In fact, the Ülkücü movement involves a sprawling and often amorphous network of clubs, charities, coffee houses, and neighborhood associations. Most followers lead ordinary lives outside the limelight. Some participate in street protests or mill about sparse sidewalk gatherings on notable days of protest or Turkish national holidays, others lash out as “social media wolves” posting nationalist slogans, crooning ballads to the immortality of Ülkücü heroes and hashtags online under anonymous accounts. Often, Ülkücü handles leave ominous comments on YouTube or Twitter against perceived opponents of “Turkishness.” Şafak Salda, a popular comedian of Turkish descent living in Berlin, offered a brief explainer to his 90,000-plus followers about the German ban. “Listen,” he said earnestly, talking about how Ülkücü accounts prey on their opponents on social media, “When someone leaves a menacing comment on Facebook like ‘our boys will pay you a visit’ we know that they’re not referring to the local Turkish golf club.”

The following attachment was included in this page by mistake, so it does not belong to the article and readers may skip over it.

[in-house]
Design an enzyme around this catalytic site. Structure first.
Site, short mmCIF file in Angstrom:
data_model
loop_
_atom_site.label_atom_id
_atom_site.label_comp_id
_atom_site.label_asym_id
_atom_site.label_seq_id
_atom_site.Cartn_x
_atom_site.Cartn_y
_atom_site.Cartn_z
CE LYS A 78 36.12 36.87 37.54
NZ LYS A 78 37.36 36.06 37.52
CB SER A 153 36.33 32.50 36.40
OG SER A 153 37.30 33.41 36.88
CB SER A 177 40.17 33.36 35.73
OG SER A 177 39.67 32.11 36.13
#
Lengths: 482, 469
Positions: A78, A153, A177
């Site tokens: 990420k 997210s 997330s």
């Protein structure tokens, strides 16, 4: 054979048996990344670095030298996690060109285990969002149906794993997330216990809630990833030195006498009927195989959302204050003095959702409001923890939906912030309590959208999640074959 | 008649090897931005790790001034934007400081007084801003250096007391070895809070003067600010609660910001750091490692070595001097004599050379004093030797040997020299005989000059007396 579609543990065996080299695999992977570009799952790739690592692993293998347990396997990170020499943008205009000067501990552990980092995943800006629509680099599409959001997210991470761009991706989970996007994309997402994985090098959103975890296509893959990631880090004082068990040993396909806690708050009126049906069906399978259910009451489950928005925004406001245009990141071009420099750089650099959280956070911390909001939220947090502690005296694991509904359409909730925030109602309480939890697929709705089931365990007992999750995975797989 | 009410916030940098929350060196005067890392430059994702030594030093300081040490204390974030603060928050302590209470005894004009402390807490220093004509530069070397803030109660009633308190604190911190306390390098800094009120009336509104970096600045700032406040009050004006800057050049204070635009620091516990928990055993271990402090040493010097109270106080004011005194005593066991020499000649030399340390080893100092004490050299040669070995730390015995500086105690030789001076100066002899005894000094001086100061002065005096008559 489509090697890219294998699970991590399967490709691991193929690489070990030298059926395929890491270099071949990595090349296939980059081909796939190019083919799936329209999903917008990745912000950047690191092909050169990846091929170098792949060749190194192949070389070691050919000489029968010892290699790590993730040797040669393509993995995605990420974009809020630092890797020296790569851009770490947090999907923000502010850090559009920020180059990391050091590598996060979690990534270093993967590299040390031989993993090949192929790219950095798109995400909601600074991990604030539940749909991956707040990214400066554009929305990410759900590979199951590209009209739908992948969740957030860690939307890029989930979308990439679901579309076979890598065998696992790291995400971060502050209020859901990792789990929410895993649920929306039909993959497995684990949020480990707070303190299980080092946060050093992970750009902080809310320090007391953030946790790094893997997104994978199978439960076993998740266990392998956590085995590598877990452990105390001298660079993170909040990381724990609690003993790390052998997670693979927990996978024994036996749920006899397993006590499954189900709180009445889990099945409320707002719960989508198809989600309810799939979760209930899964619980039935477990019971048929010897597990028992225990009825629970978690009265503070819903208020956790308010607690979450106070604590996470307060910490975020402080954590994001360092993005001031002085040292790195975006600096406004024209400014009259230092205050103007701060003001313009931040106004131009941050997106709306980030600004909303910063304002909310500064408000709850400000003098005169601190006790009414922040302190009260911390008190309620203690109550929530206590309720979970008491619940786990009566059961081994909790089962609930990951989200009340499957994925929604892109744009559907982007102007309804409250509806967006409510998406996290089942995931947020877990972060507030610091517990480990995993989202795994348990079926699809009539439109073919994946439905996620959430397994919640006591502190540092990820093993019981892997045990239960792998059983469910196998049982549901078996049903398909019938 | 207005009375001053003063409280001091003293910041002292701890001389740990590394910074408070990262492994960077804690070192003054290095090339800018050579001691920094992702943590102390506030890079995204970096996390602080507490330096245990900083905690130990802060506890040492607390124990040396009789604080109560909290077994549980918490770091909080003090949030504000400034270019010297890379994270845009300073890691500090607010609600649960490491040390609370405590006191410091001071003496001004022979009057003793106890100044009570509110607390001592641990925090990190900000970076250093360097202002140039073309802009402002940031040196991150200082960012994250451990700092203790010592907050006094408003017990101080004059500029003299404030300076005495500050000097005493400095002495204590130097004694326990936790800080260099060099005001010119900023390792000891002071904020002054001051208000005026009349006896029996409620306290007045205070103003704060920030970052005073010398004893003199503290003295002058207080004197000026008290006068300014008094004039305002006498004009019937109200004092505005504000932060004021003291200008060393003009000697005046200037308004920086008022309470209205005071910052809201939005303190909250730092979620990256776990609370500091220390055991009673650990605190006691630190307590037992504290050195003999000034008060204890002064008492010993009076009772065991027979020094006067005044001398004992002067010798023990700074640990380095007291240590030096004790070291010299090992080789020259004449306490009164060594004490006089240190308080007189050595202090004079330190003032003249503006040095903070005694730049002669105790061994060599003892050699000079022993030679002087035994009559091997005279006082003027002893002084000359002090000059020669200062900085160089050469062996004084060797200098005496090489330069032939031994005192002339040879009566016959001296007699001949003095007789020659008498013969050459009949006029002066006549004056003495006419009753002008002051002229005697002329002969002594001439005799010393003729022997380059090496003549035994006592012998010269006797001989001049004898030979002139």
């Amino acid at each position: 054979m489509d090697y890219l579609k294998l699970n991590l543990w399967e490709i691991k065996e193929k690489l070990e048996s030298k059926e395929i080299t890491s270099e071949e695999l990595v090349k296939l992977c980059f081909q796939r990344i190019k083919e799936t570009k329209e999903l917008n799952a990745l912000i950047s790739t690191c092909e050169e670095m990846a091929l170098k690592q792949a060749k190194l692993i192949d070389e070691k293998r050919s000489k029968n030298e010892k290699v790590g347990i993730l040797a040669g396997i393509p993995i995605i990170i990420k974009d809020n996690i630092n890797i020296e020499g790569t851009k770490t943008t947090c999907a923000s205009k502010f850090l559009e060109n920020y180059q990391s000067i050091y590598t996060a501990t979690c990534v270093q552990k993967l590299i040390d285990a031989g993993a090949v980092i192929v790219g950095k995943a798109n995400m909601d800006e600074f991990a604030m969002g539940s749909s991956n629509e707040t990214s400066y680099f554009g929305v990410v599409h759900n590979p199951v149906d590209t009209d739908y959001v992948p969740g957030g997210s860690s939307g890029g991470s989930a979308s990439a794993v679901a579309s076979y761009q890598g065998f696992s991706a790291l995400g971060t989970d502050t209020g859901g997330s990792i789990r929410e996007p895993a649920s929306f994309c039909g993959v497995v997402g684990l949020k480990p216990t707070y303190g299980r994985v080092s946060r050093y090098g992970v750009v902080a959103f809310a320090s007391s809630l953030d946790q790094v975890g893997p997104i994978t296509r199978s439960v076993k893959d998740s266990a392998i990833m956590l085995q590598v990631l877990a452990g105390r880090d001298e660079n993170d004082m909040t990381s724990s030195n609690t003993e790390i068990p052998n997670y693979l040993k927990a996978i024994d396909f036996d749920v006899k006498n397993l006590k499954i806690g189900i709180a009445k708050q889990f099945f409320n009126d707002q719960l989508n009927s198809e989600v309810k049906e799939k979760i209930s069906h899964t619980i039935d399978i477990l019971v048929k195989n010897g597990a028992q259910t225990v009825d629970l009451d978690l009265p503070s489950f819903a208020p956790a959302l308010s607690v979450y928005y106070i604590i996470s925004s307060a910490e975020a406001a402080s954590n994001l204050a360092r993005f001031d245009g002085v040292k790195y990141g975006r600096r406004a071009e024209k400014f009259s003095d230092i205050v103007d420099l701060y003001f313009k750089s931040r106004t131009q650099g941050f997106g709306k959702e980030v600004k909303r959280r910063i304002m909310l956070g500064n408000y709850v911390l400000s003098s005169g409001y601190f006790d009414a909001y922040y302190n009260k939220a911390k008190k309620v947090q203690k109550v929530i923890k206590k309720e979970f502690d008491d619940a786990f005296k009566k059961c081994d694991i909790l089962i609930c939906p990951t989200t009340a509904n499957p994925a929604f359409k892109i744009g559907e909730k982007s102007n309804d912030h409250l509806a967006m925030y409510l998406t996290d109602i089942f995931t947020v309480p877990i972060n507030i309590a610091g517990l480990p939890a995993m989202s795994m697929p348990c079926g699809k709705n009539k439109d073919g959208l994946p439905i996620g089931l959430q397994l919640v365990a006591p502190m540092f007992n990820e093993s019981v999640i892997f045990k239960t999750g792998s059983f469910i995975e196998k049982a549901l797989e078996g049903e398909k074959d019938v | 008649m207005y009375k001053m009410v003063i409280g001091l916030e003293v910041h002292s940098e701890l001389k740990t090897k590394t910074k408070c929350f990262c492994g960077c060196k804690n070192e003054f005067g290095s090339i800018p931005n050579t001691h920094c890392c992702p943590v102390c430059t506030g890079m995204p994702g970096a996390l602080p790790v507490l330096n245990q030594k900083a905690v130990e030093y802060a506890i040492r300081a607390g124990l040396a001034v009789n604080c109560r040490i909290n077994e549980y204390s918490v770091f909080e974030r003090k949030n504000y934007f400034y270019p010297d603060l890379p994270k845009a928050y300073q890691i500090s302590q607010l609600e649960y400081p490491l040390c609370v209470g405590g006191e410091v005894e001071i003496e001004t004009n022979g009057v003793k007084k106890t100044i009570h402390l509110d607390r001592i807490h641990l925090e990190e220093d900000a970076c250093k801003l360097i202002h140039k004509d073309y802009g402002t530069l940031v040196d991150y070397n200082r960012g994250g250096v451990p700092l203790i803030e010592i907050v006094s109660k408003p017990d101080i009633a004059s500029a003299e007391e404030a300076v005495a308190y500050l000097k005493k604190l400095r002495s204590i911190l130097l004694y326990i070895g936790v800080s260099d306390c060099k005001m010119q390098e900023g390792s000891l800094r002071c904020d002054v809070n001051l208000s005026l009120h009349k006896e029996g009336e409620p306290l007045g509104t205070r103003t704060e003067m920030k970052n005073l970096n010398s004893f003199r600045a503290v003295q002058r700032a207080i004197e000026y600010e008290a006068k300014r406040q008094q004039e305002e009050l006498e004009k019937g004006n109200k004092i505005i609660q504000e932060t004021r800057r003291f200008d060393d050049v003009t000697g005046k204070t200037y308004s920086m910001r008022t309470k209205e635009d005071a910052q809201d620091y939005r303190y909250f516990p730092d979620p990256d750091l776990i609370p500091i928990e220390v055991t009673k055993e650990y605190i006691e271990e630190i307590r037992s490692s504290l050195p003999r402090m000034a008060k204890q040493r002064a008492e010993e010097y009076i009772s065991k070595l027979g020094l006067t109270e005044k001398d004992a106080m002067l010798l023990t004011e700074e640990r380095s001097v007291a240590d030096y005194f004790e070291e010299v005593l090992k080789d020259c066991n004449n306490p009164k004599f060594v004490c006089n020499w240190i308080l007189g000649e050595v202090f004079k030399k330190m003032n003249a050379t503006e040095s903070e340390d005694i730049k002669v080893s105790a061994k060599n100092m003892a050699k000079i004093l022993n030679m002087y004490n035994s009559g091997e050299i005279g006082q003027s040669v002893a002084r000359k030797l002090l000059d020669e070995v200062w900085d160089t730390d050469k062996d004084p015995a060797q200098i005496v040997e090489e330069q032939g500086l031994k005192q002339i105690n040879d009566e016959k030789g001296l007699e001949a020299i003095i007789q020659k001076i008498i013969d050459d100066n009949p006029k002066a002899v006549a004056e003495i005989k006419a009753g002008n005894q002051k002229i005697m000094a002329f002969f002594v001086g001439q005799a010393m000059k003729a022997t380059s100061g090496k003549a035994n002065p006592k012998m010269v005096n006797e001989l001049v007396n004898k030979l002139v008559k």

Of course, not all Ülkücü followers are men. Lena Wiese, a social scientist specializing in migration, gender, and exclusion practices, argues that women, while a minority, are not invisible in Germany’s Ülkücü movement. Some women enter the male-dominated, patriarchal structures of the Ülkücü world by association with their fathers, husbands, and uncles. While they are not central figures, some women identify with the close-knit sense of family and communal roots the groups cultivate — a home away from home.
Puncturing their professed self-image as legitimate civil society groups, over the years, various Ülkücü groups have been implicated in violent acts in Germany that expose the dark, criminal underbelly of many of its members. For example, Turkish ultranationalists cropped up as a subculture of renegade biker gangs, most famously known as Osmanen Germania BC (Germania Ottomans). With around 300 members, the group was banned in Germany in 2018, amid raids in the states of Rhineland-Palatinate, Baden Württemberg, Bavaria, and Hesse. Members were prosecuted for carrying out violent crimes, including attempted murder, extortion, drug trafficking, deprivation of liberty, and forced prostitution.